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Plain Language

The Office of Parliamentary Counsel has been active in encouraging the use of plain language in legislation and in developing and using plain language techniques.

In addition to OPC’s participation in major plain language projects such as the Tax Law Improvement Project and the Corporate Law Economic Reform Program, we have incorporated plain language drafting into all of our work. We have also reviewed the effectiveness of some of the techniques we have introduced. The survey results are now available.

We prefer to use the term “plain language” rather than “plain English” because we believe that it covers a wider range of techniques and practices.

In a paper given to the Emerging Trends in Legislative Drafting Conference in Dublin in 2000, Professor Ruth Sullivan of the University of Ottawa gave the following description of plain language. We believe that it is an accurate description of the approach taken by OPC drafters.

“Plain language drafting refers to a range of techniques designed to create legislation that is readable and easy to use by the relevant audience(s) for that legislation.

At the level of vocabulary, plain language drafters try to use words and expressions that are familiar to everyone. Although technical language is sometimes necessary to achieve an acceptable level of precision, unnecessary jargon and gratuitous obscurity are eliminated.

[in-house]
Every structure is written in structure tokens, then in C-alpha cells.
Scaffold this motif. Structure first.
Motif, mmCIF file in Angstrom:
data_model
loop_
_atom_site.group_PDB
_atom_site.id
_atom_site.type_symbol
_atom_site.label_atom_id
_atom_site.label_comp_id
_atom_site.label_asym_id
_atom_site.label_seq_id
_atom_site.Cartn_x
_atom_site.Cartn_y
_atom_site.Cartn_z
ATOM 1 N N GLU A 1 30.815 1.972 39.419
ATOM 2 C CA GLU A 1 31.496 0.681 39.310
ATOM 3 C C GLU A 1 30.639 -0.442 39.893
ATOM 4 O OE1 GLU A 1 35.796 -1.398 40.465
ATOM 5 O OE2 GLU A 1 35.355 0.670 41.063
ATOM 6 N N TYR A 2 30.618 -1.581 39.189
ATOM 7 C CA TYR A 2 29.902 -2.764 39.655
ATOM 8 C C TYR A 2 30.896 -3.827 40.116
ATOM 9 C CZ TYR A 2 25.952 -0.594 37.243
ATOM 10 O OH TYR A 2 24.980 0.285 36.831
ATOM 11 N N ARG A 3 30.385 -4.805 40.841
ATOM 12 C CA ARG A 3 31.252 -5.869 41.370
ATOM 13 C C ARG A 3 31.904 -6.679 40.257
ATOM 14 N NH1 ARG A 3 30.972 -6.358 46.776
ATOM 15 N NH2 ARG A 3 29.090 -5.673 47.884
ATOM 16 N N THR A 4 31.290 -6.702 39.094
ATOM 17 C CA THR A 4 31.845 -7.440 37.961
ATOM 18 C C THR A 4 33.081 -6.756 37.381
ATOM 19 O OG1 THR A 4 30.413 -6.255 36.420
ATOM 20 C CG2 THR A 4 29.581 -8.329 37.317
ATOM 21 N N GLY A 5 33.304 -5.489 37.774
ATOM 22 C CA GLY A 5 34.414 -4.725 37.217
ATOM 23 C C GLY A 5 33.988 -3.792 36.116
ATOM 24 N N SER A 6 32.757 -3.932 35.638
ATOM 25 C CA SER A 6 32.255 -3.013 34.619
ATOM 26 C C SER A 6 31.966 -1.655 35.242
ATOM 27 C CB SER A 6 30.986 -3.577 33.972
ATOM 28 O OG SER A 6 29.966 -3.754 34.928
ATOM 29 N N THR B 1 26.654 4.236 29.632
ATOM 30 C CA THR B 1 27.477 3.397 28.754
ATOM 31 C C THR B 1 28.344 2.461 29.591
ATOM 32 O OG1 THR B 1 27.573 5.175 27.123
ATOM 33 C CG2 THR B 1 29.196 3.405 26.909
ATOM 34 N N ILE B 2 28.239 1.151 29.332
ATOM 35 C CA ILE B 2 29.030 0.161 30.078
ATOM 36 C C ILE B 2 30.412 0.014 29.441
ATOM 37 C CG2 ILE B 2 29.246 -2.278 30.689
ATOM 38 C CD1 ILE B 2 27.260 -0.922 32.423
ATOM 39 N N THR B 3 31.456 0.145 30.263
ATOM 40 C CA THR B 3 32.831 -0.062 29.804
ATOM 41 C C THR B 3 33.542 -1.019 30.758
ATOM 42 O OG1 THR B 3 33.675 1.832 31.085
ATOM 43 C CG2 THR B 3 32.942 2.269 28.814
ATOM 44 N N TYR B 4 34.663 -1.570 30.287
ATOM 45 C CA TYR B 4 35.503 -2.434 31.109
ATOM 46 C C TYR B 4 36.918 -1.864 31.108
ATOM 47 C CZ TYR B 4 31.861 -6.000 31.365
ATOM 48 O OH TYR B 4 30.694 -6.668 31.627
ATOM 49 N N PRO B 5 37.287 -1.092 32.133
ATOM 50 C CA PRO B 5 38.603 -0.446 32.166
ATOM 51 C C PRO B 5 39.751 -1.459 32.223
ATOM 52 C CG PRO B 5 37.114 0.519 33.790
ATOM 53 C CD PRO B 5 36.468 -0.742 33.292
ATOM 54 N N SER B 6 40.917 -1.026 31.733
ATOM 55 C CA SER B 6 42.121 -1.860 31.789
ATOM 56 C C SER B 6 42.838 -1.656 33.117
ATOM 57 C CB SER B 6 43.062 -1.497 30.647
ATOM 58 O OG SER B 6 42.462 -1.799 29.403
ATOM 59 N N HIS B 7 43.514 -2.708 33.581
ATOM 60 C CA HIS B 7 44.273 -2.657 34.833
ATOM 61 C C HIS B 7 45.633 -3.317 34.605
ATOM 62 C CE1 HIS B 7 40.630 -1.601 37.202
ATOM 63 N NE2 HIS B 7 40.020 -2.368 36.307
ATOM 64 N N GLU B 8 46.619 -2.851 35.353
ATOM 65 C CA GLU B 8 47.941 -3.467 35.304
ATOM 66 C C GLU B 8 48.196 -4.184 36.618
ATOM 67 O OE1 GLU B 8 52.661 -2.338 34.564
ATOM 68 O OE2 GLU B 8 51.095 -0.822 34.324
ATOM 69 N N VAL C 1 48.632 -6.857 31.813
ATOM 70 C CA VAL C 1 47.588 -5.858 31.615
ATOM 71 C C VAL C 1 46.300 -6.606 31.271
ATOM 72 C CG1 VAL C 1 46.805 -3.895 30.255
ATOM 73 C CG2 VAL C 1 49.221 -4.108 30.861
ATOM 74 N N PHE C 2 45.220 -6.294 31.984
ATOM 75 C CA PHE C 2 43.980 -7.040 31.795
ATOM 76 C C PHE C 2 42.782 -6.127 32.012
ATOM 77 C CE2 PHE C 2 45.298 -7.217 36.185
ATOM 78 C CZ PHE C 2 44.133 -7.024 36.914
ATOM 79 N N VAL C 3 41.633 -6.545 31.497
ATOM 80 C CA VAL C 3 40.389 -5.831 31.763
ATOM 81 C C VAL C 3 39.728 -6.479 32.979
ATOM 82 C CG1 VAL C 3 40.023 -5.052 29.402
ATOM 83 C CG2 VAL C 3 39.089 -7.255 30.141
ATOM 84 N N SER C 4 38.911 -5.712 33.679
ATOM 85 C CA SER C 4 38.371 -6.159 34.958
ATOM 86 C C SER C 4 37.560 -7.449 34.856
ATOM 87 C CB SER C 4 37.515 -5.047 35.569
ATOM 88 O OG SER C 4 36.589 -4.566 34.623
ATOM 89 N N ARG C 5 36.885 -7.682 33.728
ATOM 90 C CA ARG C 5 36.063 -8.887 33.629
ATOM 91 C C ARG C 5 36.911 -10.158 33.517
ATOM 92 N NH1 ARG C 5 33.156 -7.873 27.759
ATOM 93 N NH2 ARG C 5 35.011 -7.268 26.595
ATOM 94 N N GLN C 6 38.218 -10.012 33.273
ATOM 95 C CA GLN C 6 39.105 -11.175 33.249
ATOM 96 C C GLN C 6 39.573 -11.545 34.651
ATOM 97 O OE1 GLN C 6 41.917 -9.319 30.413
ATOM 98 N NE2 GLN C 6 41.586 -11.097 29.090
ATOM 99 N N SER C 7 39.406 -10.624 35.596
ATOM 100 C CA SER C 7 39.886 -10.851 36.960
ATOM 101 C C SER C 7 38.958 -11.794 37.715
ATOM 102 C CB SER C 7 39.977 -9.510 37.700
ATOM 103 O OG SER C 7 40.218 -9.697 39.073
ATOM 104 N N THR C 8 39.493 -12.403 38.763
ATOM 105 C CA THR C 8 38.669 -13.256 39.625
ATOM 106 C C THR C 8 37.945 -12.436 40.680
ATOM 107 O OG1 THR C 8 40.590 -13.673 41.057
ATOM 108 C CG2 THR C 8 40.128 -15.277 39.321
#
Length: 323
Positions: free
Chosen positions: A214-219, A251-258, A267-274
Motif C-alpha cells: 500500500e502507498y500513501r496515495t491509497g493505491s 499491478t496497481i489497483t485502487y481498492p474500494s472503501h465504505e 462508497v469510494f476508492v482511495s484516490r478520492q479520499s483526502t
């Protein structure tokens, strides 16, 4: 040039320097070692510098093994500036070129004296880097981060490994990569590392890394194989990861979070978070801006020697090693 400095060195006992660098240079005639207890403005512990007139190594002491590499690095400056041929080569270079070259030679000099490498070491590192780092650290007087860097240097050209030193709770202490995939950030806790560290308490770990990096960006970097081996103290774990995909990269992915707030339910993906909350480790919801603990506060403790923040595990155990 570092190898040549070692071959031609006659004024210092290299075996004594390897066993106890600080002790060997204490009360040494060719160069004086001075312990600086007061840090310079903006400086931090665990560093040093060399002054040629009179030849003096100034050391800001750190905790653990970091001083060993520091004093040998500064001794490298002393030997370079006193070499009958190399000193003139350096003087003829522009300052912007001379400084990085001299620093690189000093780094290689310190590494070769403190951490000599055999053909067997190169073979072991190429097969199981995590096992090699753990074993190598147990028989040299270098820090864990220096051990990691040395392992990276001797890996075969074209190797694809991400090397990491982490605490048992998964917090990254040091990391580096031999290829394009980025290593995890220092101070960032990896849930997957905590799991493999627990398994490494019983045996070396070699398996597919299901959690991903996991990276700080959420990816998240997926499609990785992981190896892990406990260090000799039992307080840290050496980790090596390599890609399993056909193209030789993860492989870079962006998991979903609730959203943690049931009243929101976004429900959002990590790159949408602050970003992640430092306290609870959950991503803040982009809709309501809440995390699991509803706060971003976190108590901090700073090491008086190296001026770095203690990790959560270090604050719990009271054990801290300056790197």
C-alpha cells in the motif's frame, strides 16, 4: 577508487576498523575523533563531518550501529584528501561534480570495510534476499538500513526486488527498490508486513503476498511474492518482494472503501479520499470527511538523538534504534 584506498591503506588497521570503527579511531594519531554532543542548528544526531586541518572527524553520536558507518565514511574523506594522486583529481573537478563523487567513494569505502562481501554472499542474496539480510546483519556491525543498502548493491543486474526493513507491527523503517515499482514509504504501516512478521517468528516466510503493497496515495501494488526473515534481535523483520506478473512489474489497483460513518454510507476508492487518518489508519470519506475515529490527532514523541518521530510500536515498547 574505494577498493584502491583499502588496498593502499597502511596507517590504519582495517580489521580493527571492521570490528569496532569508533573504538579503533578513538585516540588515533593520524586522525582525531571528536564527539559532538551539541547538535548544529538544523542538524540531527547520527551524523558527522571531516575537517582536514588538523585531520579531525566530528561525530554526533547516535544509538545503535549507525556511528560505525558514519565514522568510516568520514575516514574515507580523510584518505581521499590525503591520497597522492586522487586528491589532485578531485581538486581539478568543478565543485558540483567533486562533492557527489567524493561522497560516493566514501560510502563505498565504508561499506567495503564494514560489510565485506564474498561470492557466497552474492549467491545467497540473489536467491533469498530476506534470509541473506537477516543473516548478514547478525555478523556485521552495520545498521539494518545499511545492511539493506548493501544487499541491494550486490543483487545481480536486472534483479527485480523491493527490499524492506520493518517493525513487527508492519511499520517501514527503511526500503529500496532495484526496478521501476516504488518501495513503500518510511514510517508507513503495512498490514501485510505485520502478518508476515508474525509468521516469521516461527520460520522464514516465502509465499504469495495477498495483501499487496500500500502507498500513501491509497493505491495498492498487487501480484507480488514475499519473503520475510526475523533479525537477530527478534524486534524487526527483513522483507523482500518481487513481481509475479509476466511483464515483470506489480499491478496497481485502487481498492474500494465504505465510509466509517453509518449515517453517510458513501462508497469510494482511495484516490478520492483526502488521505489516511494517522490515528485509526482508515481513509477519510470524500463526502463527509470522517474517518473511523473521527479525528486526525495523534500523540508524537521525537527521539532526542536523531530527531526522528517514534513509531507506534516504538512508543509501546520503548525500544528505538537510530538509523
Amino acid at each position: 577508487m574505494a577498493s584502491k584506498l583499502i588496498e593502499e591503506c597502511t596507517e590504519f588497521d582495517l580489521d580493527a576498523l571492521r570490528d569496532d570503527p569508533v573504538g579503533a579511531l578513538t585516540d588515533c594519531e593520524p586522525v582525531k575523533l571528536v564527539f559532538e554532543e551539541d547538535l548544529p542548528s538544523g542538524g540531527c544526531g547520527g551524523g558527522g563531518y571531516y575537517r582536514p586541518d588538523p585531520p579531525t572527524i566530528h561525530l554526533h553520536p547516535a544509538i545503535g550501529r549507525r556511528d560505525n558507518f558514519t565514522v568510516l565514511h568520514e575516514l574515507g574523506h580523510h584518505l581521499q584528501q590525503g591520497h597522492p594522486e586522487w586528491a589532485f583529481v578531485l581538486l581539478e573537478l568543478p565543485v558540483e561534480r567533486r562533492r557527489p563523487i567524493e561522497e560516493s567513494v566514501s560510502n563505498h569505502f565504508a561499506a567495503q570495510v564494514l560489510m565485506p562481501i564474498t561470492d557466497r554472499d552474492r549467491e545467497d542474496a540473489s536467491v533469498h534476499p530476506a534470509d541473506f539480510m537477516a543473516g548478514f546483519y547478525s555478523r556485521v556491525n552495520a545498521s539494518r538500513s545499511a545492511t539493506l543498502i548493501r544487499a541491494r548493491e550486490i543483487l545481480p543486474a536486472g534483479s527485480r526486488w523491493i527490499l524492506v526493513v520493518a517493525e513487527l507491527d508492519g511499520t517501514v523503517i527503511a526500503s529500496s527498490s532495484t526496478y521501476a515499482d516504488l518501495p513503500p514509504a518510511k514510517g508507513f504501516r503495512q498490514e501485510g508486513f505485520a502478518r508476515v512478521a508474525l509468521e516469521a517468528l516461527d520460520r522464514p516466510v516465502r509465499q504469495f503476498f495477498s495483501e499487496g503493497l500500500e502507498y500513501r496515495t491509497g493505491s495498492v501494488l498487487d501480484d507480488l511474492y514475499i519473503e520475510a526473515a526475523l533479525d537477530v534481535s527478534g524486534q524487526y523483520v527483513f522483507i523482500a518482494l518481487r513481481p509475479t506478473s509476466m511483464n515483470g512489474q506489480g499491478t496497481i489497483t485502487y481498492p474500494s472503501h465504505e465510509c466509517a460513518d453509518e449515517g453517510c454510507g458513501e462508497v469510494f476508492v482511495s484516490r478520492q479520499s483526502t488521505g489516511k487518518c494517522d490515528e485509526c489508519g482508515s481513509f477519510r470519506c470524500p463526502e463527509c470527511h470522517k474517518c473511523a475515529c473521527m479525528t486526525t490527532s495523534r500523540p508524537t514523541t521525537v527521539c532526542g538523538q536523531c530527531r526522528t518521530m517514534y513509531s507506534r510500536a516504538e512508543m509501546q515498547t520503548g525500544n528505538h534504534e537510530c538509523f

At the level of syntax, plain language drafters try to create sentence patterns that are easy for the average person to process. According to the experts, such sentences tend to be short, avoid embedding, and branch to the right. They rely on verbs rather than nouns, the active rather than the passive voice, and positive rather than negative formulations to state the intended law.

At the level of structure, plain language drafters try to organise statutes in a clear and meaningful way. The sequencing of provisions is based on chronological order, logical order, order of importance or some other principle or combination of principles that is likely to make sense to the reader. Equally important, the structure of the statute is clearly revealed to the reader through use of headings and sub-headings, marginal notes, transitions, tables of contents, summaries and the like.

Plain language drafters also draw on the research and insights of experts in document design. They pay as much attention to fonts and white space as they do to choice of words. They try to devise methods of presenting material visually that will assist the reader to use the statute book effectively, and with minimum effort.

Finally, plain language drafters try to provide information that will help readers to interpret the text. Such information typically takes the form of purpose statements, explanatory notes, examples, summaries, overviews and the like. The less familiar a reader is with legislation and its application by official interpreters courts, tribunals and administrators, the greater is the need for context of this sort.”

 
 


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